Dumpster Fire Press unleashes its first anthology…DEATH BY PUNK a tribute to the spirit of punk rock, DIY and counter culture, intermingled with good old fashioned writing about death with a bit of existential dread thrown in (ah, poets)Featuring poets, writers and artists from around the globe! Whether you want to relive glory days, looking to explore or even seeking ways to unfetter yourself from past lives to the here and now DEATH BY PUNK is a hell of a read! OI , OI, OI!
Mike Zone is the Editor in Chief of Dumpster Fire Press, the author of One Hell of a Muse, A Farewell to Big Ideas and Void Beneath the Skin, as well as coauthor of The Grind. A managing editor at Concrete Mist Press, a frequent contributor to Alien Buddha Press and Mad Swirl. His work has been featured in: Horror Sleaze Trash, Better Than Starbucks, Piker Press, Punk Noir Magazine, Synchronized Chaos, Outlaw Poetry and Cult Culture magazine.
Punk Rock Reaper
….and you wake up without a sense of makeup. What is my DNA? How much of it is determined by brain patterned and external stimuli as eyeliner washes through tears of bitter salt and sawdust sweat from the venue the night before, throat still hoarse from howling at the show, why do I got this bike chain and heart-shaped lock necklace around my neck and was I weeping again in bed not alone looking at someone who may not be a girl in my mohawk skull Molotov cocktailed eyes t-shirt…flaming, stumble back looking down at phantom pants.
A ghost stands before me in the outline of me, pants around ankles. Snicker almost laughing induced to vomit, the bathroom awaits but the body quivers.
Down back on back. A sense of vertigo, we do not die of death, but we die of spinning collisions star dust constructs underneath stars drinking poison, smoking poison, copulating sometimes in back alleys or the grounds of cracked up erupting parking lot.
Missing my pal, Shambles, mourning over a good year straight…they call me Rummy ‘cause I don’t drink or didn’t drink but used to talk like a pirate to the one-legged guy in the bar who never got the joke…was Shambles part of my makeup, is he part of makeup? Is that what the void is, the ghostly hole in my chest where my heart should be draining the color the world away…not really, just numb everything feels like it’s gone television static.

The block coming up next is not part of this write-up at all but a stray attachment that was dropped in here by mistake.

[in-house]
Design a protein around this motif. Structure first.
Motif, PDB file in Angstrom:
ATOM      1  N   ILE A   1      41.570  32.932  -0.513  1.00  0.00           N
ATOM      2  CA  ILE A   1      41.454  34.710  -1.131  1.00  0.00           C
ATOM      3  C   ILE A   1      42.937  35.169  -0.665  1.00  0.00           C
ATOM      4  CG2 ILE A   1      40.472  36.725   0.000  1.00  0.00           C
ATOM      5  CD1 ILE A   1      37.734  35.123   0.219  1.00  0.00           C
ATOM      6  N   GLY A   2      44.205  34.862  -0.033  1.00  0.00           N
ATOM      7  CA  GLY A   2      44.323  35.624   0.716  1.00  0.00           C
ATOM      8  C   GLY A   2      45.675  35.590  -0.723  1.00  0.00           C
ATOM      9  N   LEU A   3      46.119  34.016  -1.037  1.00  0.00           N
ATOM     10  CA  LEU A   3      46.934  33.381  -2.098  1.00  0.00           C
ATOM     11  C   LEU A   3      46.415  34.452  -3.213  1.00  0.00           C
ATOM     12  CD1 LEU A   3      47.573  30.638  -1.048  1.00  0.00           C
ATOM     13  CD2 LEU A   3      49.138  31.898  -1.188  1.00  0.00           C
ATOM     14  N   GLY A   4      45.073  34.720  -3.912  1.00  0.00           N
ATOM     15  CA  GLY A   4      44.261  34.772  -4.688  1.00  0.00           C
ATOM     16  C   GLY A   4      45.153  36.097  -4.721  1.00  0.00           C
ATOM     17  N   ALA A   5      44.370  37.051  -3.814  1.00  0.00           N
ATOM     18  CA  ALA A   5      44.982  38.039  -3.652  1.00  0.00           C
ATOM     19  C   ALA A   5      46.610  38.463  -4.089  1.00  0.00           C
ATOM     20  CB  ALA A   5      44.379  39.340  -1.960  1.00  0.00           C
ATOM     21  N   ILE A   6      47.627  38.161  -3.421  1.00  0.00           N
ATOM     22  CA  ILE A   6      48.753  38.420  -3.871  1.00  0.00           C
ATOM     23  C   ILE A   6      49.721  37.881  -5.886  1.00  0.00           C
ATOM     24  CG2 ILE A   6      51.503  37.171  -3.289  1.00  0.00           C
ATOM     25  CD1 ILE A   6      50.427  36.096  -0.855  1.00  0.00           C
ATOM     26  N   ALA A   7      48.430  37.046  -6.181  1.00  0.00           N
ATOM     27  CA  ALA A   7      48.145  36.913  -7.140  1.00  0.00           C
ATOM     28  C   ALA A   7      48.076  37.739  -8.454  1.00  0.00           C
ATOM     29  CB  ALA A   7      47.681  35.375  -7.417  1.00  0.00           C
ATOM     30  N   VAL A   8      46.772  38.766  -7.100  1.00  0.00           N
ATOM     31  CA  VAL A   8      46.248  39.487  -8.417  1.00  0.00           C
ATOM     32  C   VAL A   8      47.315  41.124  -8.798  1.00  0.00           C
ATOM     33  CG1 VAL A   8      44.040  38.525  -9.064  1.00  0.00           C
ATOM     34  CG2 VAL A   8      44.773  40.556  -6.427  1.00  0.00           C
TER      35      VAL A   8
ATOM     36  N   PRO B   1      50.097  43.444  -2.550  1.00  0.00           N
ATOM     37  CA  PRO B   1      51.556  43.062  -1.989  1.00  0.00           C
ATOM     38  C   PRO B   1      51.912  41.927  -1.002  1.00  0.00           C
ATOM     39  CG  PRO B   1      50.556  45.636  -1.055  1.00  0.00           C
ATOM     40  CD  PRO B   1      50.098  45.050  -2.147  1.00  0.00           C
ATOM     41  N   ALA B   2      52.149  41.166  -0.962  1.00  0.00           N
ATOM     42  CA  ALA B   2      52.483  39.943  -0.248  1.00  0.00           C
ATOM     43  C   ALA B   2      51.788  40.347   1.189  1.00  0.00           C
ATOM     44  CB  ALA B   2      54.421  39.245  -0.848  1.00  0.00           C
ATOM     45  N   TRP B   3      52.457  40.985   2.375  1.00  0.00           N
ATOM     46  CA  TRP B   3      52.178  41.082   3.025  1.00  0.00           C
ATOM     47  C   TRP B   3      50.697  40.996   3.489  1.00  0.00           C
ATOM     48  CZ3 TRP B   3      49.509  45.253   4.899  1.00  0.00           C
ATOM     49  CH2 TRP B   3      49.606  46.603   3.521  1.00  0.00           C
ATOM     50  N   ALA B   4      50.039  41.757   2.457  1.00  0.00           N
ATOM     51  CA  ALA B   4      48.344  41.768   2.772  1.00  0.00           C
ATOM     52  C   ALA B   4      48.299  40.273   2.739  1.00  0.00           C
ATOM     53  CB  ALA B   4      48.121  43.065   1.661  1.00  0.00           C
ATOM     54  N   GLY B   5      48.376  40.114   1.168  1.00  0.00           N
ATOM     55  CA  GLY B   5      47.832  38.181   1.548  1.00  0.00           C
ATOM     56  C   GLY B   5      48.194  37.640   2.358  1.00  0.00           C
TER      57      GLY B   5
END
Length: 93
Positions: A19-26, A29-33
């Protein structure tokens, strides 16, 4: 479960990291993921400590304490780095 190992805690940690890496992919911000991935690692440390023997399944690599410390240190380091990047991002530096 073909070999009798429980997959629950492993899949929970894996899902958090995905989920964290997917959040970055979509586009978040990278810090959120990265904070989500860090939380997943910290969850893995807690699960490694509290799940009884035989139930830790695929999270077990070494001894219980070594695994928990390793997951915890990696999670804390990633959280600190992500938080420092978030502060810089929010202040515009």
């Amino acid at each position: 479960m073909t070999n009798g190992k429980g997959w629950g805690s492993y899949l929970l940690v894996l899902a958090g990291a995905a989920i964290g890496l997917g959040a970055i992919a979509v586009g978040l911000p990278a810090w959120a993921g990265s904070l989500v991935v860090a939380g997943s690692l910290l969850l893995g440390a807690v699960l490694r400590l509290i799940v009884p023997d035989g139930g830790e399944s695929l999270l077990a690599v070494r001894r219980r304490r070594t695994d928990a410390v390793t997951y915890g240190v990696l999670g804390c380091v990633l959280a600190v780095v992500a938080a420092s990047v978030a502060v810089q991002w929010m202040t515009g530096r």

Straight edged ashen haired angels of the moonlit night looking to snuff out the sun, tattooed black magic marker-esque “x” to mark the spot of what doesn’t go through protruding veins: NO DRUGS, NO BOOZE, NO SEX, dangerously blowing away in the windblown world dancing like a Zen leaf propelled by the rapture of life, talking mystic shit, Jesus being Wizard, preaching on corners until one day the notion of a collective came in our minds, Shambles; shaggy haired blue in plaid pants and leather jacket
“We can be like spinning dervishes but punk as fuck with real anarchy in the USA. Get in touch with my old boy from Santa Cruz, we’ll head down there Rummy, make life what it is, spit in the face of this neo-fascist conformity. None of this vigilante sidekick shit for the man anymore, working office supply stores, like shaving legs and wearing chainmail underwear for the caped crusader but not truly making a dent in crime. Get me?”
We raised hell at Knockers, telling people how and where they went wrong and just as the sunrise gracelessness of a brand new day heralded itself as I fell before a porcupine pink haired girl looking all wholesome as a girl scout touched her hair earlier that day, something felt like a loss as I entered her something downcast from chest like an anchor weighing me to the planet as I blasted away prematurely while at that precise moment in time half way across town, Shambles whose life was anything but had his brains blown out on the sidewalk three steps from our door, face down…
NOBODY saw anything, turns out NOBODY happened to be EVERYBODY.
And in the moment when sex and death became interlocked on this mortal plane all sense that made sense of this world stopped making sense and the nonsensical absurdity of it all fell upon me like darkness, nothing star lit with a black canvas backdrop with Hollywood basement lights but an utterly cold onyx thing…invisible yet breathing inside me.
Looking around the apartment we both shared; nails and staples hanging out the walls where old flyers, posters and flags hung…it’s a mausoleum crucifying my mindscape with survivor’s guilt…I creep into the bathroom feeling a razor along my loins and open down below, the cabinet where I keep a jar of dirt intermingled with Shamble’s brains the pigs forgot to clean up, placed next to it is an old school rotary dial telephone-
“In case you ever need to talk.” She says from behind, probing a grating memory as I sit Indian style with a receiver to my ear.